I grew up riding and racing in Quebec till I was 10. Then I moved to Florida and spent most of my life there since then. I have spent a lot of time traveling and racing over the years, so I have lived in a lot of different areas for short periods of time.
(We sat down for an episode of Tailgating with Chris a couple years ago down in Florida)
Who was your main competition coming up through the amateur ranks?
It’s hard to say because I was always racing different kids every year and spent a lot of time doing regional racing in different states. I would say for the year I did amateur nationals in the US on 85’s I had some good races with Jayce Pennington. We were friends that went to the same races and seemed to find each other a lot on the track that year. It was a good time.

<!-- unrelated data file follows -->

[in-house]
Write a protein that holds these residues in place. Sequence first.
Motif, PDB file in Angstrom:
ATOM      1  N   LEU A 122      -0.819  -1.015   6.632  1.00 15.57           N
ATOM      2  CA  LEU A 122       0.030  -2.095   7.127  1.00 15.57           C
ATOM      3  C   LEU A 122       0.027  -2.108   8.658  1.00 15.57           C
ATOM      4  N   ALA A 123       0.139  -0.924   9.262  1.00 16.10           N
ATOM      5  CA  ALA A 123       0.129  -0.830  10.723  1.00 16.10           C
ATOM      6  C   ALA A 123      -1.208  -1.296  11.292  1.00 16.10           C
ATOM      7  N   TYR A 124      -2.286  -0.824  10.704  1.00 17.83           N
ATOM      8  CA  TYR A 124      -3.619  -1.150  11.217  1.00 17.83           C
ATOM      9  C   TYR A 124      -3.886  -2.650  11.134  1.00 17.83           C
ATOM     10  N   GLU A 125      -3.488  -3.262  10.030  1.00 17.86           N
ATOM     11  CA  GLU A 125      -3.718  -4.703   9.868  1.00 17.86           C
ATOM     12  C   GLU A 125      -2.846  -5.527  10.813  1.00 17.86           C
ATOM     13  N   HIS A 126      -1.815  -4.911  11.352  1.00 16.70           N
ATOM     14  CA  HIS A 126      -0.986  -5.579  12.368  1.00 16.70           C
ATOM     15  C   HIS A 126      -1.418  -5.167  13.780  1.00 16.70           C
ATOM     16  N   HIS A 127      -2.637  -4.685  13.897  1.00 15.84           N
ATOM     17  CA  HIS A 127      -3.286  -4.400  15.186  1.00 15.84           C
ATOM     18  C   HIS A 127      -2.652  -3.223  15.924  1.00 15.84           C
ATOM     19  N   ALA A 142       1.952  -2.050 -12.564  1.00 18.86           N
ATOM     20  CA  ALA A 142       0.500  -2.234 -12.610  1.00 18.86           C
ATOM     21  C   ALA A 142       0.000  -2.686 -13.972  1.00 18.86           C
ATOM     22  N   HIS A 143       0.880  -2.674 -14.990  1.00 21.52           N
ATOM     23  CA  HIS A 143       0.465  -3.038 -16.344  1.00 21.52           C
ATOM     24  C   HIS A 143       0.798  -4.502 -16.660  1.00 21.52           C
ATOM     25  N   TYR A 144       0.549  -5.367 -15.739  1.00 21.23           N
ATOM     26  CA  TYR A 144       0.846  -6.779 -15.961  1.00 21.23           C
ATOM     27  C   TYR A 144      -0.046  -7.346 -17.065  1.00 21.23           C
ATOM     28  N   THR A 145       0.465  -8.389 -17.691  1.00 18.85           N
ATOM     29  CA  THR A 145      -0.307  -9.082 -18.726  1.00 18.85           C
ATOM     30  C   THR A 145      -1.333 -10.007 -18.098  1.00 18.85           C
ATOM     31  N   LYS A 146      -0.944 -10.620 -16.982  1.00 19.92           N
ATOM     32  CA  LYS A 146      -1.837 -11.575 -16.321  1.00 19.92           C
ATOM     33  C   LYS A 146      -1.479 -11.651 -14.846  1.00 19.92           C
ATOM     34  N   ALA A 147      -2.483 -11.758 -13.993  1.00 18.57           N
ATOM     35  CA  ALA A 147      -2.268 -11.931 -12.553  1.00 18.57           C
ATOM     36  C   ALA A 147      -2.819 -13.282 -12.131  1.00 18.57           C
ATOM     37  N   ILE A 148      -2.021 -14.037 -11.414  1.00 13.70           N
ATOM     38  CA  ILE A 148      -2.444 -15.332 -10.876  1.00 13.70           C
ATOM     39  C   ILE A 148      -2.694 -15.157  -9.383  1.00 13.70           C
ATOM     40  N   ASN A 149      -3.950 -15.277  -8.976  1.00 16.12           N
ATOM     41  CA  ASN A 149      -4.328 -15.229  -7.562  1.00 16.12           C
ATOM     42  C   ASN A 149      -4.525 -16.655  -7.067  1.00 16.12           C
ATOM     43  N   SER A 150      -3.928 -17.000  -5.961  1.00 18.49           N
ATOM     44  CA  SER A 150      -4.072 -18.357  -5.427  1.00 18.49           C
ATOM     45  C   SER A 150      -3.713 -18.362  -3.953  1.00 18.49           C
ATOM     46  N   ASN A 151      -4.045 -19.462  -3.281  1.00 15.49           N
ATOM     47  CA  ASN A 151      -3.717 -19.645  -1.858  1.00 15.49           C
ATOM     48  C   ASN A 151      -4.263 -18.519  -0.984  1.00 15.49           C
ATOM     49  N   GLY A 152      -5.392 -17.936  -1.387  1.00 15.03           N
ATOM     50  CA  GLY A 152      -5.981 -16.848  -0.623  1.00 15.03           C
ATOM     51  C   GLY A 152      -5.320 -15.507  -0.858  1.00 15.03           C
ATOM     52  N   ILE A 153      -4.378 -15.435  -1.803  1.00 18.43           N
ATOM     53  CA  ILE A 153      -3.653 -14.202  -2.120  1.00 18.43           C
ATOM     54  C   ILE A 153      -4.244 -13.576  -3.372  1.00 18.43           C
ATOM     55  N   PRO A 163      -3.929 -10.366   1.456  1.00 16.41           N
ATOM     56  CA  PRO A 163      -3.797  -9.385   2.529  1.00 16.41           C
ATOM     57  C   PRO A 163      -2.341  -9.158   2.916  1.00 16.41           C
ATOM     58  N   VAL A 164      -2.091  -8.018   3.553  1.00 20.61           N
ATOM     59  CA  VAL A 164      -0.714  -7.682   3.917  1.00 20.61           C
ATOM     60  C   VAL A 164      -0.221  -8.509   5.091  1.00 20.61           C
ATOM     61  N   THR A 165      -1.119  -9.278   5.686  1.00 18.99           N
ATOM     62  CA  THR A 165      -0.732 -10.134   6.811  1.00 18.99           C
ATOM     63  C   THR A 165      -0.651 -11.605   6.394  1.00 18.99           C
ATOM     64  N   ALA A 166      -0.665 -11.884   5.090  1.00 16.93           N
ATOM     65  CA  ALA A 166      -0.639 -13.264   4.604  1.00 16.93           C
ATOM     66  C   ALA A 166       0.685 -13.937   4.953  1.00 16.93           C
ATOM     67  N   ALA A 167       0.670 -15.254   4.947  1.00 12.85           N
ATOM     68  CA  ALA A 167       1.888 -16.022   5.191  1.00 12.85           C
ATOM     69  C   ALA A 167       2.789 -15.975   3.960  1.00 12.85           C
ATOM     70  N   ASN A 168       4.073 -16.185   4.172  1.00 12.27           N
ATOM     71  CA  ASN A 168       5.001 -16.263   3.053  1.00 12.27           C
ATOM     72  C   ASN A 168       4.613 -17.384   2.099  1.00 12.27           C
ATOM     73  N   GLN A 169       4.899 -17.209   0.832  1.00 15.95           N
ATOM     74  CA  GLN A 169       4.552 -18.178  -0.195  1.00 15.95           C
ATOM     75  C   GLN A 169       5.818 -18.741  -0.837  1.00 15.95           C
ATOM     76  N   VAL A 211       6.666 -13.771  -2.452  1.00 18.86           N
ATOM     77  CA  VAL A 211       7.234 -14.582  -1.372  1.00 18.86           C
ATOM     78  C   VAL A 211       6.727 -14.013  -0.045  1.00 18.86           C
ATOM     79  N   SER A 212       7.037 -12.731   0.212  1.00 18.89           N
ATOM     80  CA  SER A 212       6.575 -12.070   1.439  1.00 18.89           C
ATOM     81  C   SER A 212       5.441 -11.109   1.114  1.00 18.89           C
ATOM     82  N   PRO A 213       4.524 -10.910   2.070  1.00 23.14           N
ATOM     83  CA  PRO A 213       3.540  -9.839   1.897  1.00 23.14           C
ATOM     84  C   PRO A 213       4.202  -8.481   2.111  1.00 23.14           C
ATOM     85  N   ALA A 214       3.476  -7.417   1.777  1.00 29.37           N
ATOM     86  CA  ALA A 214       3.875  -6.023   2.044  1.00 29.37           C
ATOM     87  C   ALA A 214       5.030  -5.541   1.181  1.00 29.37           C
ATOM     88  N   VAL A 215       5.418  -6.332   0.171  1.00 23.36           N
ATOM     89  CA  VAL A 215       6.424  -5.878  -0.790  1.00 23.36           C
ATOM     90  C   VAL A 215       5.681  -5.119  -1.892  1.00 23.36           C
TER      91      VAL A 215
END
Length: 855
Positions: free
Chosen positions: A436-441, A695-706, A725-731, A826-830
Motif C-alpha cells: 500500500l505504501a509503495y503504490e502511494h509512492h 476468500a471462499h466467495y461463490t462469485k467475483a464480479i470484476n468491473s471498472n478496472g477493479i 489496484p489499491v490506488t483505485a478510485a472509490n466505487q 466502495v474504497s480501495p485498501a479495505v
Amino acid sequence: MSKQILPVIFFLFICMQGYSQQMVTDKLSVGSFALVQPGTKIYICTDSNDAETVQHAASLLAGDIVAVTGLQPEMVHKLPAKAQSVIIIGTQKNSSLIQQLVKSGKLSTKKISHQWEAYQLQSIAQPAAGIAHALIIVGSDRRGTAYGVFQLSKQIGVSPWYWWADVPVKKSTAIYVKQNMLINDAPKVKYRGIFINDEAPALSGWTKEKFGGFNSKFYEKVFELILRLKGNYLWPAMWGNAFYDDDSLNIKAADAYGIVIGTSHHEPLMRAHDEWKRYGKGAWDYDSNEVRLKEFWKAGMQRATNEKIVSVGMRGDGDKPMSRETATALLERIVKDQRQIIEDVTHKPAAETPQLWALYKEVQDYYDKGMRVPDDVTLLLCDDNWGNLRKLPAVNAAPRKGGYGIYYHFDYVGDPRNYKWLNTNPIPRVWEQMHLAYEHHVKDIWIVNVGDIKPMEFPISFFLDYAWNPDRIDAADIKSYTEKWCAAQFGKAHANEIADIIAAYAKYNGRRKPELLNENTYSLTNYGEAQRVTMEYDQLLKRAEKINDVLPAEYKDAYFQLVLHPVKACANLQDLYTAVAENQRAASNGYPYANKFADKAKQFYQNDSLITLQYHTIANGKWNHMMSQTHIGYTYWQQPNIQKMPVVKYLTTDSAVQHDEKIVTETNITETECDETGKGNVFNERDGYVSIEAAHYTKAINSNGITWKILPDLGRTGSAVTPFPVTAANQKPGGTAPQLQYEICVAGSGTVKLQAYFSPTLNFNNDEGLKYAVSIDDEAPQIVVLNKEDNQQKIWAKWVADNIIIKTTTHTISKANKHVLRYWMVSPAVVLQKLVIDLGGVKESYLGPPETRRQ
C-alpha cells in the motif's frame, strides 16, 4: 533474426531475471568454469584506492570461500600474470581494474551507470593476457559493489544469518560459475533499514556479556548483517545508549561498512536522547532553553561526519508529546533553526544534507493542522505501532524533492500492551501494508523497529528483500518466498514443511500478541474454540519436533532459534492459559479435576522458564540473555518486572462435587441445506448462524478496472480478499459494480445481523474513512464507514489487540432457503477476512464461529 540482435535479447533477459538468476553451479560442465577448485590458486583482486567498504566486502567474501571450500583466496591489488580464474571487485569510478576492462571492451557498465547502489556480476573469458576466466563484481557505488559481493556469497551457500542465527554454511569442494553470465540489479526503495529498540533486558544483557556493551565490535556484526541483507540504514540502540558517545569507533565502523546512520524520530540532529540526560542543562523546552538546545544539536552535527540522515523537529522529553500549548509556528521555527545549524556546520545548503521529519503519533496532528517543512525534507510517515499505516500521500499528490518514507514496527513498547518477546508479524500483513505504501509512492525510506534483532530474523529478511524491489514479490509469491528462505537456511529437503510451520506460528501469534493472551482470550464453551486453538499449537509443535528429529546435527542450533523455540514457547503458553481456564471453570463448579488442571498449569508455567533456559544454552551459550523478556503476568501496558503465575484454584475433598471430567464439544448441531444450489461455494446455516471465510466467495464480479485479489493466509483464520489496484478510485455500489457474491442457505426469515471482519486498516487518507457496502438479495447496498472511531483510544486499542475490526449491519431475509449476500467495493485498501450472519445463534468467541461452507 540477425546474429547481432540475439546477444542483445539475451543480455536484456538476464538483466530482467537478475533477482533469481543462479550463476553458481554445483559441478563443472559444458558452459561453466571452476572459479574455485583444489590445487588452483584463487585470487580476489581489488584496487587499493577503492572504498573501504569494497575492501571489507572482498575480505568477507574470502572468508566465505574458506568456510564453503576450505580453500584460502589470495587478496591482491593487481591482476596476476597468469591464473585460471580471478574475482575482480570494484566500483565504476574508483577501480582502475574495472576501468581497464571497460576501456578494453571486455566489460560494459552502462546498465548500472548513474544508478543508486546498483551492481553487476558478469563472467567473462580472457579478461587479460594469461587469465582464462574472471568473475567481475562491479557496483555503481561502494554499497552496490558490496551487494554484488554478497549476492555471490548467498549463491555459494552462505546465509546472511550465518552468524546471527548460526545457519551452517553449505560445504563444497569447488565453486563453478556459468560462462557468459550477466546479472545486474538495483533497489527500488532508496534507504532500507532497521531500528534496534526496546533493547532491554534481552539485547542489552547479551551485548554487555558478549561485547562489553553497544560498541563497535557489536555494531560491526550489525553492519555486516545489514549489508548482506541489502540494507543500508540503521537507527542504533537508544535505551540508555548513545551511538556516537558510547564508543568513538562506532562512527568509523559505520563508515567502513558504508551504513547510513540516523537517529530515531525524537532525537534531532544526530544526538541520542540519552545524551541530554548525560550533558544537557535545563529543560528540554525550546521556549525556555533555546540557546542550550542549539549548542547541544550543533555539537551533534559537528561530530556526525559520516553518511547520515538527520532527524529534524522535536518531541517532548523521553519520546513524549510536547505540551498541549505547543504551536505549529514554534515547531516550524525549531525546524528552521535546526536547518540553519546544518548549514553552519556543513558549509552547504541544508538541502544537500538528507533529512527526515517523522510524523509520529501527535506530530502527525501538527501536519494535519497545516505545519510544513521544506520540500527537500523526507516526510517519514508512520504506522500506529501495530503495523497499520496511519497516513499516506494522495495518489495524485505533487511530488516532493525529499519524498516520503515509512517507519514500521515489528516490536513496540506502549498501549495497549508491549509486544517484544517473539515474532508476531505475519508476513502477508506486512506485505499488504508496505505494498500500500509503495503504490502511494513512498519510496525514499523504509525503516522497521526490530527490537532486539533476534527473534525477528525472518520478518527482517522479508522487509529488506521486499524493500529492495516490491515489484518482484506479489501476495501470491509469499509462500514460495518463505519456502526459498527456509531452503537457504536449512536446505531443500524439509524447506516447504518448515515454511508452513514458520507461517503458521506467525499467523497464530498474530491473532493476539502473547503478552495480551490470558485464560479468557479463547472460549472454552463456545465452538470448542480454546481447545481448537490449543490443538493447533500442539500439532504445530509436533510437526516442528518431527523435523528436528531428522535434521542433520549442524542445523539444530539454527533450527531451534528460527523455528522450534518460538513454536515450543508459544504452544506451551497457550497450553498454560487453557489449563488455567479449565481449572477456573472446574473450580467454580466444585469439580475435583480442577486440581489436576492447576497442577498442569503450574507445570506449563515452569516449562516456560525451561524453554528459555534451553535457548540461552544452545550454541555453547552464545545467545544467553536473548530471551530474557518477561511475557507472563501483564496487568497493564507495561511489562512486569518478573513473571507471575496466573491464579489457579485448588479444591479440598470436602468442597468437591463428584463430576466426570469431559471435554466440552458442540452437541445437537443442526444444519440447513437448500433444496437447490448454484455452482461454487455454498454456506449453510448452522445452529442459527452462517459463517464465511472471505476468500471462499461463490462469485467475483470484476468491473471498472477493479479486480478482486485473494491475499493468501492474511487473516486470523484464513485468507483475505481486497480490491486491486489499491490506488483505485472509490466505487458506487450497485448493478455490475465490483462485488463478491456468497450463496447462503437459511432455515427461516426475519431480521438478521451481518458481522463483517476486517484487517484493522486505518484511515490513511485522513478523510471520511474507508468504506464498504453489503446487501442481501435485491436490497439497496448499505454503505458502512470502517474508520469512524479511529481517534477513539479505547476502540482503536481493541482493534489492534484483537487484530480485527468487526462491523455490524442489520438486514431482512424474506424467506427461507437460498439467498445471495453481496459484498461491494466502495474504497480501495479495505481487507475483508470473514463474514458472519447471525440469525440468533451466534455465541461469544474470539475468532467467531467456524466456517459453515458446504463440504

I also raced against (Austin) Forkner, (Chase) Sexton, and other guys on that level but they were always ahead of me at the nationals.
I trained with Brad (Jerominski) at Club57MX during my amateur years on big bikes and spent a lot of time battling with Daniel Herrlein. I consider him as a good competitor during my amateur years because we raced so much against each other during the week while training. We were close most of the time and were always able to push each other.
You picked up the MX season in the east and your best finish was a solid 10th at River Glade. Can you sum up your motocross season for us?
My motocross season was a disaster. I had a bolt come out of my front caliper on a jump because it wasn’t properly tightened in Calgary for the first round. It was 2 laps into the first moto, I lost my front breaks then on the 3rd lap my wheel locked up in the air causing me to crash and have another bad concussion. I couldn’t workout or ride with the symptoms I had following the race.